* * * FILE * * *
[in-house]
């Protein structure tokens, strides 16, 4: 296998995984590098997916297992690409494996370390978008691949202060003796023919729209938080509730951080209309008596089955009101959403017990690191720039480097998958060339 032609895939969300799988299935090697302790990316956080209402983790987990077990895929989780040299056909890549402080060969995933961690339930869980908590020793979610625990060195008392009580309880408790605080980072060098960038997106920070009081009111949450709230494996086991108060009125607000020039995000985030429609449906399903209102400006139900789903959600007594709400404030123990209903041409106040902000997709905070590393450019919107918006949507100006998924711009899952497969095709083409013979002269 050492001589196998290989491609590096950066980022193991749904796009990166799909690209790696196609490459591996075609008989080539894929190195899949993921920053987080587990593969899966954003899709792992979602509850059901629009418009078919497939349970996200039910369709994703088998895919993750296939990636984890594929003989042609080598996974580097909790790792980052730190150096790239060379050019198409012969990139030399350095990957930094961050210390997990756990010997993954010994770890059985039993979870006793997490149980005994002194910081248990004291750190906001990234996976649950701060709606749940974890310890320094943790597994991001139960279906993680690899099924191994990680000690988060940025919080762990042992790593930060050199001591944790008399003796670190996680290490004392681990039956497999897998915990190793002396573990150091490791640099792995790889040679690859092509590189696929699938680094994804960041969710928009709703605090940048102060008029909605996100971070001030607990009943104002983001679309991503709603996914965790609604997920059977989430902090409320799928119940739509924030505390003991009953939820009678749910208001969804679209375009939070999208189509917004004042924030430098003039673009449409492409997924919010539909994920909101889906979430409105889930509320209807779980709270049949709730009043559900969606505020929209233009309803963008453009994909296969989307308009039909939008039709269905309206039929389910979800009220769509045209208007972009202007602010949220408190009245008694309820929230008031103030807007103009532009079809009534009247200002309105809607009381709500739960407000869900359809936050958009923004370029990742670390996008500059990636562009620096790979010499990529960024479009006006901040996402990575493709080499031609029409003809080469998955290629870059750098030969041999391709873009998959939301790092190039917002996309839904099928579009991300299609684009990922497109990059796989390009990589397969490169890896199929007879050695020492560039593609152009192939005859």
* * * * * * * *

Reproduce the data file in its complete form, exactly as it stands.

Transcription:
[in-house]
């Protein structure tokens, strides 16, 4: 296998995984590098997916297992690409494996370390978008691949202060003796023919729209938080509730951080209309008596089955009101959403017990690191720039480097998958060339 032609895939969300799988299935090697302790990316956080209402983790987990077990895929989780040299056909890549402080060969995933961690339930869980908590020793979610625990060195008392009580309880408790605080980072060098960038997106920070009081009111949450709230494996086991108060009125607000020039995000985030429609449906399903209102400006139900789903959600007594709400404030123990209903041409106040902000997709905070590393450019919107918006949507100006998924711009899952497969095709083409013979002269 050492001589196998290989491609590096950066980022193991749904796009990166799909690209790696196609490459591996075609008989080539894929190195899949993921920053987080587990593969899966954003899709792992979602509850059901629009418009078919497939349970996200039910369709994703088998895919993750296939990636984890594929003989042609080598996974580097909790790792980052730190150096790239060379050019198409012969990139030399350095990957930094961050210390997990756990010997993954010994770890059985039993979870006793997490149980005994002194910081248990004291750190906001990234996976649950701060709606749940974890310890320094943790597994991001139960279906993680690899099924191994990680000690988060940025919080762990042992790593930060050199001591944790008399003796670190996680290490004392681990039956497999897998915990190793002396573990150091490791640099792995790889040679690859092509590189696929699938680094994804960041969710928009709703605090940048102060008029909605996100971070001030607990009943104002983001679309991503709603996914965790609604997920059977989430902090409320799928119940739509924030505390003991009953939820009678749910208001969804679209375009939070999208189509917004004042924030430098003039673009449409492409997924919010539909994920909101889906979430409105889930509320209807779980709270049949709730009043559900969606505020929209233009309803963008453009994909296969989307308009039909939008039709269905309206039929389910979800009220769509045209208007972009202007602010949220408190009245008694309820929230008031103030807007103009532009079809009534009247200002309105809607009381709500739960407000869900359809936050958009923004370029990742670390996008500059990636562009620096790979010499990529960024479009006006901040996402990575493709080499031609029409003809080469998955290629870059750098030969041999391709873009998959939301790092190039917002996309839904099928579009991300299609684009990922497109990059796989390009990589397969490169890896199929007879050695020492560039593609152009192939005859």